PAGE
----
Attorney General Scott Pruitt Friday warned Oklahomans about tax and rebate scams that have netted criminals billions of dollars in bogus federal tax refunds.
“These criminals take advantage of Oklahomans who are simply trying to file their tax returns,” Attorney General Pruitt said. “If something sounds too good to be true, then it probably is. Staying alert and being cautious can help prevent costly mistakes.”
The schemes involve consumers getting a call or an e-mail claiming to be from the IRS, the Social Security Administration, or some other government agency.
Consumers may be asked to provide their social security number, bank account number, or another piece of personal information that a skillful crook can use to commit identity theft. E-mails often include a link for a consumer to click: that link may take the consumer to an official-looking – but phony – website that is simply phishing for the consumer’s information. Or, the link may take the consumer to a legitimate site but install spyware or some other form of malware on the way.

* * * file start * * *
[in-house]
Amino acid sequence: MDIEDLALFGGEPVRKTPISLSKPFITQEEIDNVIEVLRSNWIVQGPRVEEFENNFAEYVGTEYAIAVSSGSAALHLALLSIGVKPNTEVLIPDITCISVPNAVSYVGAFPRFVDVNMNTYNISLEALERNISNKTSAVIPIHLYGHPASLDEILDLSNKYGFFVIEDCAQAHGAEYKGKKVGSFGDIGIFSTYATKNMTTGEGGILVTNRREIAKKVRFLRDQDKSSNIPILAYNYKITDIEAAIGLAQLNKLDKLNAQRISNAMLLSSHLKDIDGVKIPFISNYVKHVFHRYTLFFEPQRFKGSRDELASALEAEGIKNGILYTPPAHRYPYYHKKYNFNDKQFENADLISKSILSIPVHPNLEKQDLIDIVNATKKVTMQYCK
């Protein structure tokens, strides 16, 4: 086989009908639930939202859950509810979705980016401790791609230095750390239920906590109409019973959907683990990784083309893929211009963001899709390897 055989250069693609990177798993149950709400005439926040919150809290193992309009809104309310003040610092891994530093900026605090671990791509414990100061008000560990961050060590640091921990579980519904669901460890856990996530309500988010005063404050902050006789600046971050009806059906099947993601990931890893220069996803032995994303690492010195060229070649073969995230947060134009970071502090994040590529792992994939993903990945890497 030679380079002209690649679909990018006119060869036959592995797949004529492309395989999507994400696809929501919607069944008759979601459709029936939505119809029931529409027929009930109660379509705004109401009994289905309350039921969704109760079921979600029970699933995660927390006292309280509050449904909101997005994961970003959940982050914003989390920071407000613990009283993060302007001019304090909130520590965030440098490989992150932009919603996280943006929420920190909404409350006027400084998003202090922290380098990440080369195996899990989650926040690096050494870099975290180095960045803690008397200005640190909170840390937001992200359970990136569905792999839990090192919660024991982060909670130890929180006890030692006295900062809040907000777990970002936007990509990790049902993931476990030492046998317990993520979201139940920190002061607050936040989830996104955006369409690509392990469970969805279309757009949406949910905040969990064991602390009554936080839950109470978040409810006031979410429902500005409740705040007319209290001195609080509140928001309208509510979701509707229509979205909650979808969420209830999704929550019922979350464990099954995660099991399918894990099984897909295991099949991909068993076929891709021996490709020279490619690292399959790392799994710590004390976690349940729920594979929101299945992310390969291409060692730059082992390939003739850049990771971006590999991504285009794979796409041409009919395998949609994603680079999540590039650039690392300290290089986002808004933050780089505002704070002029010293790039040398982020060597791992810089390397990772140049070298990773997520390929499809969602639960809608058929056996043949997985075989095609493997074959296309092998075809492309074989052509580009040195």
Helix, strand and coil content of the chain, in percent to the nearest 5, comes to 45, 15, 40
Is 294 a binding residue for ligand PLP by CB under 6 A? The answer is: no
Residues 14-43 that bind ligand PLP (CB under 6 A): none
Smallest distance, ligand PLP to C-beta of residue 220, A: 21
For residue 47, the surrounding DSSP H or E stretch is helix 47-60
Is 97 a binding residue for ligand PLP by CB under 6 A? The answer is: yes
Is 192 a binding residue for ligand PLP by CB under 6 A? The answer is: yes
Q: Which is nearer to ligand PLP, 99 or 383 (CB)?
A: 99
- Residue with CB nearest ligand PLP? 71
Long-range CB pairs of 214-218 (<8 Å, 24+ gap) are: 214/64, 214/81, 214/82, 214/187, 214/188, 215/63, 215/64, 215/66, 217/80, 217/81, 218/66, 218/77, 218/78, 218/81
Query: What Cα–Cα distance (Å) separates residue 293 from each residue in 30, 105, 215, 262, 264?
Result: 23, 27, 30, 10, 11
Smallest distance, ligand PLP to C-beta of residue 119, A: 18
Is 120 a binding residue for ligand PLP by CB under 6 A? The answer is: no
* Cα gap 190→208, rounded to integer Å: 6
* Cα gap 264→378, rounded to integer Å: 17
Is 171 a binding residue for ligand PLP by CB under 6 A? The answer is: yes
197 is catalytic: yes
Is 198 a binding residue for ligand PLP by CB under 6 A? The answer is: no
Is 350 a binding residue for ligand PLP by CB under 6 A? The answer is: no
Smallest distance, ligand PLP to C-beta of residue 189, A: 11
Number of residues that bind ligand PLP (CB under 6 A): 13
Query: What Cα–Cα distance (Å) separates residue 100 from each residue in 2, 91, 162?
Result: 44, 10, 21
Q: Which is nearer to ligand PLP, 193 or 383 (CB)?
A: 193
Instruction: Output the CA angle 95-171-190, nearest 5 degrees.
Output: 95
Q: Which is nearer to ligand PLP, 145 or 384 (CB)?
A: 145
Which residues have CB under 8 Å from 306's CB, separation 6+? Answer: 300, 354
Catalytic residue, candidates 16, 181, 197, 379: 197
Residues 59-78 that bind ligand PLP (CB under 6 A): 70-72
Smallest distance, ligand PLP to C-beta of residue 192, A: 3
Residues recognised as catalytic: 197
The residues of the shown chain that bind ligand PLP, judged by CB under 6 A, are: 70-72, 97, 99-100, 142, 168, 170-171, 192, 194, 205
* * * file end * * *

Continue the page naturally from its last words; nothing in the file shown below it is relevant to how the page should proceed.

Neither the IRS nor the SSA collects information about government rebate qualifications by telephone or e-mail.
To avoid becoming a victim this tax season, the AG’s Public Protection Unit offers a few tax safety tips:
• Beware of any e-mails claiming to be from the IRS asking for personal information, bank PIN numbers or credit card information. Never respond to these e-mails or open the attachments;
• Be wary of offers to split your refund in exchange for filing your return;
• When you file your taxes electronically use a software provider that is authorized by the IRS. If using a tax preparer, make sure they are authorized to do so by the IRS;
• Look out for unsolicited offers to prepare your taxes from an unfamiliar company or one that is located far away.
If you think you may be at risk or have been a victim of tax fraud, contact the IRS immediately at firstname.lastname@example.org or the SSA at (800) 772-1213.